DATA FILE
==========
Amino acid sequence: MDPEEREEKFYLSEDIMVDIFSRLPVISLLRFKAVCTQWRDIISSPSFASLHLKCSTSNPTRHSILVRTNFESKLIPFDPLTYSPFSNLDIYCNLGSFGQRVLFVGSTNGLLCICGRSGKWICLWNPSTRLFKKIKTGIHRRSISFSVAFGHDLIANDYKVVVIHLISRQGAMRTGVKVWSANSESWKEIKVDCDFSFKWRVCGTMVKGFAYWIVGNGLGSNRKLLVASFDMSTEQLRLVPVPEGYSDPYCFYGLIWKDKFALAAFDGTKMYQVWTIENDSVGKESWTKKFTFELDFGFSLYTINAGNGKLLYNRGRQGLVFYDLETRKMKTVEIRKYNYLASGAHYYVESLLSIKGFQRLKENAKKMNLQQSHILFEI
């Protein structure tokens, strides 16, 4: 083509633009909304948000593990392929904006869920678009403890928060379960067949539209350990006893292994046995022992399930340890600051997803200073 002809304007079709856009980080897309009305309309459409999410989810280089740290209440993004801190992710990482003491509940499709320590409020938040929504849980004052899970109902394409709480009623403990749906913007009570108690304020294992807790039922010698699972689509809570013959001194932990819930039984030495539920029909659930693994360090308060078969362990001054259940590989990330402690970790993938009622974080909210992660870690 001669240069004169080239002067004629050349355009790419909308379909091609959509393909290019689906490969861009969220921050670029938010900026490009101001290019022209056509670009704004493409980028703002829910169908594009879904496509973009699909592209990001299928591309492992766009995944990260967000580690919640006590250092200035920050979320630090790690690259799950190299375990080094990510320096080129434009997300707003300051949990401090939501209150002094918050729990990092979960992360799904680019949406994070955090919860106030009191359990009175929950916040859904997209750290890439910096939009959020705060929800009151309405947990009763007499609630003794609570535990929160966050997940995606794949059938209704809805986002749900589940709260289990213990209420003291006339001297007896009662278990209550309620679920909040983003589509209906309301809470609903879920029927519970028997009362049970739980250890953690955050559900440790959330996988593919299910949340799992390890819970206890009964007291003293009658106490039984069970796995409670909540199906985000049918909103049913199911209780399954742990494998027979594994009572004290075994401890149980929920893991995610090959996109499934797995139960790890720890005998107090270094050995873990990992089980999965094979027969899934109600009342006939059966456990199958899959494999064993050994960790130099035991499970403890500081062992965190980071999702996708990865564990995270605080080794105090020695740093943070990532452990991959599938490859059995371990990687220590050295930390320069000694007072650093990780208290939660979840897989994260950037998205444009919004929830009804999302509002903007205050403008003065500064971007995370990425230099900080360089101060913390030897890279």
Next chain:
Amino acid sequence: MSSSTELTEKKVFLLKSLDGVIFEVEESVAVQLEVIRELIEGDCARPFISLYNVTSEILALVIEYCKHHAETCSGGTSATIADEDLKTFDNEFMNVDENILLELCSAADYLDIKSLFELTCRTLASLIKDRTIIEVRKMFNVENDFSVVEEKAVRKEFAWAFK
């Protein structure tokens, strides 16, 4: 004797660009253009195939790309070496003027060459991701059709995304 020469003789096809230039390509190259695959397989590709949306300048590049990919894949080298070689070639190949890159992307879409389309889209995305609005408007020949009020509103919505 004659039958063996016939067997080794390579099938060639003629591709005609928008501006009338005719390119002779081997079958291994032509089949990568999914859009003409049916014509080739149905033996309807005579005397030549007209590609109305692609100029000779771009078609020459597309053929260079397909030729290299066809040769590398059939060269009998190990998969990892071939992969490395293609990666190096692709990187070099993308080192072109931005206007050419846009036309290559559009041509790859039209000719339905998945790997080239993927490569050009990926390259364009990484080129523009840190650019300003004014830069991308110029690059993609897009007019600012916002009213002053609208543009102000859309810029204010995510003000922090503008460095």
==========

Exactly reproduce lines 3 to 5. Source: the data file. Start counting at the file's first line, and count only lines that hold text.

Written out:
Next chain:
Amino acid sequence: MSSSTELTEKKVFLLKSLDGVIFEVEESVAVQLEVIRELIEGDCARPFISLYNVTSEILALVIEYCKHHAETCSGGTSATIADEDLKTFDNEFMNVDENILLELCSAADYLDIKSLFELTCRTLASLIKDRTIIEVRKMFNVENDFSVVEEKAVRKEFAWAFK
């Protein structure tokens, strides 16, 4: 004797660009253009195939790309070496003027060459991701059709995304 020469003789096809230039390509190259695959397989590709949306300048590049990919894949080298070689070639190949890159992307879409389309889209995305609005408007020949009020509103919505 004659039958063996016939067997080794390579099938060639003629591709005609928008501006009338005719390119002779081997079958291994032509089949990568999914859009003409049916014509080739149905033996309807005579005397030549007209590609109305692609100029000779771009078609020459597309053929260079397909030729290299066809040769590398059939060269009998190990998969990892071939992969490395293609990666190096692709990187070099993308080192072109931005206007050419846009036309290559559009041509790859039209000719339905998945790997080239993927490569050009990926390259364009990484080129523009840190650019300003004014830069991308110029690059993609897009007019600012916002009213002053609208543009102000859309810029204010995510003000922090503008460095």